Exposure - And New Progression

     Americans who love and understand their nation's traditions and heritage, and who watched the socialist revolution with deep and critical concern, were fully aware of what was happening to education, and why.

     Many parents realized that our fabulously expensive system of schools and colleges was graduating young people who could not spell, write a decent sentence, work simple problems in arithmetic, or read with understanding; but the general public did not seem to know, or care, that something basic had happened to education in America until the late 1950a when the "space race" between the Soviet Union and the United States began.

     After the first Soviet sputnik was launched in 1957, there was a general outcry that the Soviets were outstripping us in education.

     And then, the managers of the great Invisible Government combine revealed their genius for tacking with the wind, to shift blame for their own failures to others, and to perpetuate their programs, despite evidence that they are programs of disaster.

     When initiating their revolution in American education in the 1930's, the progressive educationist decried traditional education as a system for developing an educated elite. They demanded "democracy" in education - a general leveling that would give all children precisely the same kind of education.

     At the same time, however, the progressive educationists were searching for some means of developing a specialized education for a socialist elite. The White House Conference on Child Welfare and Protection in 1930, for example, produced a report which touched on the problem of finding "gifted children" and giving them "special treatment" so that they would become leaders in working "for the general welfare." The progressive educationists realized that if they could indoctrinate a chosen few of the brightest children in socialist ideas, these few could eventually control the masses for socialism.

[Please note: Today, schools have "talented and gifted programs" for just that continued purpose. bf]

     But, since one of the effective battle cries of the progressive-education movement was "democracy in education," as opposed to "education for an elite," the socialist could contrive no means of providing special educational opportunities for a socialist elite -- until after 1957, when the nation became generally aware that there was something fundamentally wrong with the whole system of progressive education.

     The very "educationist" groups (among them being the National Education Association) who had supported "democracy in education" for a quarter of a century, were among the foremost in the late 1950's to advocate elaborate programs for "testing" and "speedup" courses to find, and give special attention to, the gifted children in our schools.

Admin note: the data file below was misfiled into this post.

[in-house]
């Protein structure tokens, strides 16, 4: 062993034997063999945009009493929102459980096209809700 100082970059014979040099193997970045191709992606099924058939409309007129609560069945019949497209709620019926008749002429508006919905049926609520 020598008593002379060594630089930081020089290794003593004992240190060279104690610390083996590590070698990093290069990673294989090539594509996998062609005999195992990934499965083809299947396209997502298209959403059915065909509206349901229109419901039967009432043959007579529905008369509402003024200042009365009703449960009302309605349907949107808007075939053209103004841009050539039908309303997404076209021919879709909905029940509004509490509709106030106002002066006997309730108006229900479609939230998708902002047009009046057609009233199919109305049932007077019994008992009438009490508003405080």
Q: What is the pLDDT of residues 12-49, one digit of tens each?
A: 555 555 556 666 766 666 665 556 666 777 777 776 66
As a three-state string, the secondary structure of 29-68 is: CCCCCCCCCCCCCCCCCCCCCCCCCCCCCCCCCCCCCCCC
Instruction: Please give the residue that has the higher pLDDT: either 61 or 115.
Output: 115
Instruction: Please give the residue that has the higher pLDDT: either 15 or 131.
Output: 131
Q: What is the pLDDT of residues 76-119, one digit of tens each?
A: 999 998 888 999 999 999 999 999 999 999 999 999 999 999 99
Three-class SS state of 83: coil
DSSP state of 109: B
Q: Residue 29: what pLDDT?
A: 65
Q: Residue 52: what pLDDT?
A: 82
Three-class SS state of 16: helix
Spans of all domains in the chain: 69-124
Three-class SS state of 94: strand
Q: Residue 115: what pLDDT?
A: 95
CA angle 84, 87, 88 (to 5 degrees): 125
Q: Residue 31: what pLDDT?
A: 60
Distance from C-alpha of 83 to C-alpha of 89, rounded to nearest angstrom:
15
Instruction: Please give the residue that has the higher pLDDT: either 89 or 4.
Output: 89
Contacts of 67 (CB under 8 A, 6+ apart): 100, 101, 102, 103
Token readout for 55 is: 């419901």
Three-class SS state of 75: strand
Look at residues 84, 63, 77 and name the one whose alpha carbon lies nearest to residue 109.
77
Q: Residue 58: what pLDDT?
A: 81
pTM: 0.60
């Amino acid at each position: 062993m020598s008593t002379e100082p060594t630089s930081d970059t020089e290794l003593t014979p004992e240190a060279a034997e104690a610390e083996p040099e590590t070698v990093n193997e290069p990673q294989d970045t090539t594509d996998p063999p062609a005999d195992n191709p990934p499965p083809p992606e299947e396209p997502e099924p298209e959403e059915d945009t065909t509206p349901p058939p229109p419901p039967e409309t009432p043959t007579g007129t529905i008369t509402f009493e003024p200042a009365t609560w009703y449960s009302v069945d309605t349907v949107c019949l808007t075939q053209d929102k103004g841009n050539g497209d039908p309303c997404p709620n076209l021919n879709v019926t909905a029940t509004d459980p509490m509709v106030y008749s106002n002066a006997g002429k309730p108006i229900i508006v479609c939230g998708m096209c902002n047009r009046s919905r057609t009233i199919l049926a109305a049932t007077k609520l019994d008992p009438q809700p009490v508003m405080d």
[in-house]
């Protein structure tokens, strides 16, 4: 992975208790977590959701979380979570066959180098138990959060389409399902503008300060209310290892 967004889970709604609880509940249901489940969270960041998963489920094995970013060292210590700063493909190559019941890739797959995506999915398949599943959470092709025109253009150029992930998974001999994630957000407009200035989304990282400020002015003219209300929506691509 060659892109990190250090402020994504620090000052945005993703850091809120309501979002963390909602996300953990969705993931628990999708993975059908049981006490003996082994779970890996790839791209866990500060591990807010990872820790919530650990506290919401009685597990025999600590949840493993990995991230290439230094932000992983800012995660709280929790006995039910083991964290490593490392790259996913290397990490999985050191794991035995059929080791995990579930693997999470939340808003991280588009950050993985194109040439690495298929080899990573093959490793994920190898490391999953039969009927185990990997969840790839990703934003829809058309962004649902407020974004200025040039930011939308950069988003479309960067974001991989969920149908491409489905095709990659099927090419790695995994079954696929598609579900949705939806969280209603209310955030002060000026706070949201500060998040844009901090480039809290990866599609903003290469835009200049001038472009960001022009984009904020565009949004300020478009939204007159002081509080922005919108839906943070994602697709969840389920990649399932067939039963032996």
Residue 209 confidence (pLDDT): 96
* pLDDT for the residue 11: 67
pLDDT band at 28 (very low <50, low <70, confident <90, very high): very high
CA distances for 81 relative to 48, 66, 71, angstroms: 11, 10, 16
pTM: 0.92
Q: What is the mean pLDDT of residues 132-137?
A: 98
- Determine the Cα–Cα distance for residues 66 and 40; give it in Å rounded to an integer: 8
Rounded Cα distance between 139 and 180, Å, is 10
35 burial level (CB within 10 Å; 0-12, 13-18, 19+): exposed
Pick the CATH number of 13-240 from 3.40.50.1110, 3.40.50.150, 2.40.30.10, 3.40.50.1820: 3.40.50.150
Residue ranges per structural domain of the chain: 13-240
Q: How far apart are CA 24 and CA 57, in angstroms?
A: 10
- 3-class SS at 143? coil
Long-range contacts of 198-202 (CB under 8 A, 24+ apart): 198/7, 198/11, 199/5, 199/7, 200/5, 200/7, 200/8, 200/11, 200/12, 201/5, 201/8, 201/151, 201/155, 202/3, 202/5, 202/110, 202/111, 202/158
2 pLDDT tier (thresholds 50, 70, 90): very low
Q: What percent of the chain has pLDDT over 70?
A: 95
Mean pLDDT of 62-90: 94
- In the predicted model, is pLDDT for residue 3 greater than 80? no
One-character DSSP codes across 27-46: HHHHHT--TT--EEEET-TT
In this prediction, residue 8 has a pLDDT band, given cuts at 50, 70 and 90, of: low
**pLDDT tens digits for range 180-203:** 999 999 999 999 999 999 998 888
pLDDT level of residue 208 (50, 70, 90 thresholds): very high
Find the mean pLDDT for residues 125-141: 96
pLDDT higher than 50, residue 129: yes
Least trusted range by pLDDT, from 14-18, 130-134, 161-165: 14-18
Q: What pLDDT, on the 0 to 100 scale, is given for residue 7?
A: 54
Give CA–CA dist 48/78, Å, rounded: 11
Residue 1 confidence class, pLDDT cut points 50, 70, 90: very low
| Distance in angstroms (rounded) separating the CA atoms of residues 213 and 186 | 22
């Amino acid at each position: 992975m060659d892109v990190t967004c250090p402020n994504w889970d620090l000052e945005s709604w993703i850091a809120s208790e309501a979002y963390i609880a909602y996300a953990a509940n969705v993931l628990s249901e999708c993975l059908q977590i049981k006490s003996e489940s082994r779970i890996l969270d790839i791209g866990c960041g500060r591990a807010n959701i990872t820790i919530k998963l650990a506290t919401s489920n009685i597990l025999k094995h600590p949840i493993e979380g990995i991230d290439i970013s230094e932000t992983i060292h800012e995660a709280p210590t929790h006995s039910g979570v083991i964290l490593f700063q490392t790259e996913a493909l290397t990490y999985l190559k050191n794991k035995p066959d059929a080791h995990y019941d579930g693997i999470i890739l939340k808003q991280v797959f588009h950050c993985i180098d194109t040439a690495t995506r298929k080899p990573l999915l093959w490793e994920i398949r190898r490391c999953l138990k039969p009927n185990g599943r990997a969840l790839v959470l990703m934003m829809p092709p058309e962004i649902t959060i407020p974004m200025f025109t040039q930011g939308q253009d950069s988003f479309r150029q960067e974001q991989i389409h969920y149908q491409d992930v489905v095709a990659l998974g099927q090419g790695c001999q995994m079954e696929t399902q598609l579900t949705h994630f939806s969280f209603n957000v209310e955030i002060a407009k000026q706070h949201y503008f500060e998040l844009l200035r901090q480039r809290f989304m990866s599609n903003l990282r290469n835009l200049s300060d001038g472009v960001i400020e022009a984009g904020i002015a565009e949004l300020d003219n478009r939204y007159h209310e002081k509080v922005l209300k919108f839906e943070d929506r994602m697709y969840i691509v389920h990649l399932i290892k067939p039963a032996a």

In 1957, shortly after "Sputnik" went into orbit, President Eisenhower spoke to the nation on the need for improved education in America. He recommended NATIONAL examination and testing as a means of establishing standards "of excellence" by which all school systems could measure themselves.

     In 1958, Congress passed, and Eisenhower proudly signed into law, the National Defense Education Act. This Act was a step towards establishment of a national education system, and the creation of the "elite."

     Title V in this Act provides for grants to state educational agencies to assist in establishing and maintaining programs of guidance, counseling, and testing; it provides for grants to "guidance institutes" to improve the preparation of counselors; and it authorizes assistance to states for "testing" in secondary schools.

     During March, April, and May, 1960, a massive battery of standardized tests were given to 450,000 students in 1357 secondary public schools in all 50 states of the Union. This gigantic testing program, "Project Talent," was sponsored by the National Institute of Mental Health, the National Science Foundation, and the Office of Naval Research - financed by the United States Office of Education with funds provided by the National Defense Education Act of 1958. The University of Pittsburgh supervised the testing. (11)

Nationwide "testing" to find the "elite" had become a reality.

     The National Merit Scholarship Corporation operates the largest private nationwide "testing" operation. It spends a large sums of money to find the brightest students -- and to give them scholarships at such places as Harvard, where they can be thoroughly indoctrinated in the Fabian techniques for socializing America. The NMS Corporation gets most of its money from the Ford Foundation and from the Carnegie Corporation - two of the interlocking untouchables which finance the Council on Foreign Relations.